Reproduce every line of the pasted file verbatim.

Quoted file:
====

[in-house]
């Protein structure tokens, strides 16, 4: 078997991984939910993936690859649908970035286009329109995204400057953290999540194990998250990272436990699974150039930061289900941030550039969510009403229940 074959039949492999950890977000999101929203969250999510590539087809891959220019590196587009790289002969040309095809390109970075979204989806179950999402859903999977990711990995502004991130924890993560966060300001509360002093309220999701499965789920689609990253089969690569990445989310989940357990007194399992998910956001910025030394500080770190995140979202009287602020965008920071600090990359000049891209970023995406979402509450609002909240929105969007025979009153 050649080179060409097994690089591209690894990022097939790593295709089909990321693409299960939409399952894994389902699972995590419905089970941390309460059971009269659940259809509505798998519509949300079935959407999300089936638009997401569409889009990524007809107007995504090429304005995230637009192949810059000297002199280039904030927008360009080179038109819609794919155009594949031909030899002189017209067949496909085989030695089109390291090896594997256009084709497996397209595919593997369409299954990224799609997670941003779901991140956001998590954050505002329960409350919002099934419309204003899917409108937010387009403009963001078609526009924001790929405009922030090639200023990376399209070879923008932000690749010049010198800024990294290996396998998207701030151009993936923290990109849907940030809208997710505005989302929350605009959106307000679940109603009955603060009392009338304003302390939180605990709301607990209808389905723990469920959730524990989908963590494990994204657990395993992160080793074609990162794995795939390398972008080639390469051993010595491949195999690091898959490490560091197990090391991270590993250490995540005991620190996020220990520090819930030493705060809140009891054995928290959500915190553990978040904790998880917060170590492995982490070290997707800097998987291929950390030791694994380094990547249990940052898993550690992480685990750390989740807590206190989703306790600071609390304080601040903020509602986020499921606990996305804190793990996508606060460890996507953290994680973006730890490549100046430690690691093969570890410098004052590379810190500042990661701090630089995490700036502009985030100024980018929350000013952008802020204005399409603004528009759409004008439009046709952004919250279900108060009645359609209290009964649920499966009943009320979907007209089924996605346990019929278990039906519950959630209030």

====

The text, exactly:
[in-house]
């Protein structure tokens, strides 16, 4: 078997991984939910993936690859649908970035286009329109995204400057953290999540194990998250990272436990699974150039930061289900941030550039969510009403229940 074959039949492999950890977000999101929203969250999510590539087809891959220019590196587009790289002969040309095809390109970075979204989806179950999402859903999977990711990995502004991130924890993560966060300001509360002093309220999701499965789920689609990253089969690569990445989310989940357990007194399992998910956001910025030394500080770190995140979202009287602020965008920071600090990359000049891209970023995406979402509450609002909240929105969007025979009153 050649080179060409097994690089591209690894990022097939790593295709089909990321693409299960939409399952894994389902699972995590419905089970941390309460059971009269659940259809509505798998519509949300079935959407999300089936638009997401569409889009990524007809107007995504090429304005995230637009192949810059000297002199280039904030927008360009080179038109819609794919155009594949031909030899002189017209067949496909085989030695089109390291090896594997256009084709497996397209595919593997369409299954990224799609997670941003779901991140956001998590954050505002329960409350919002099934419309204003899917409108937010387009403009963001078609526009924001790929405009922030090639200023990376399209070879923008932000690749010049010198800024990294290996396998998207701030151009993936923290990109849907940030809208997710505005989302929350605009959106307000679940109603009955603060009392009338304003302390939180605990709301607990209808389905723990469920959730524990989908963590494990994204657990395993992160080793074609990162794995795939390398972008080639390469051993010595491949195999690091898959490490560091197990090391991270590993250490995540005991620190996020220990520090819930030493705060809140009891054995928290959500915190553990978040904790998880917060170590492995982490070290997707800097998987291929950390030791694994380094990547249990940052898993550690992480685990750390989740807590206190989703306790600071609390304080601040903020509602986020499921606990996305804190793990996508606060460890996507953290994680973006730890490549100046430690690691093969570890410098004052590379810190500042990661701090630089995490700036502009985030100024980018929350000013952008802020204005399409603004528009759409004008439009046709952004919250279900108060009645359609209290009964649920499966009943009320979907007209089924996605346990019929278990039906519950959630209030």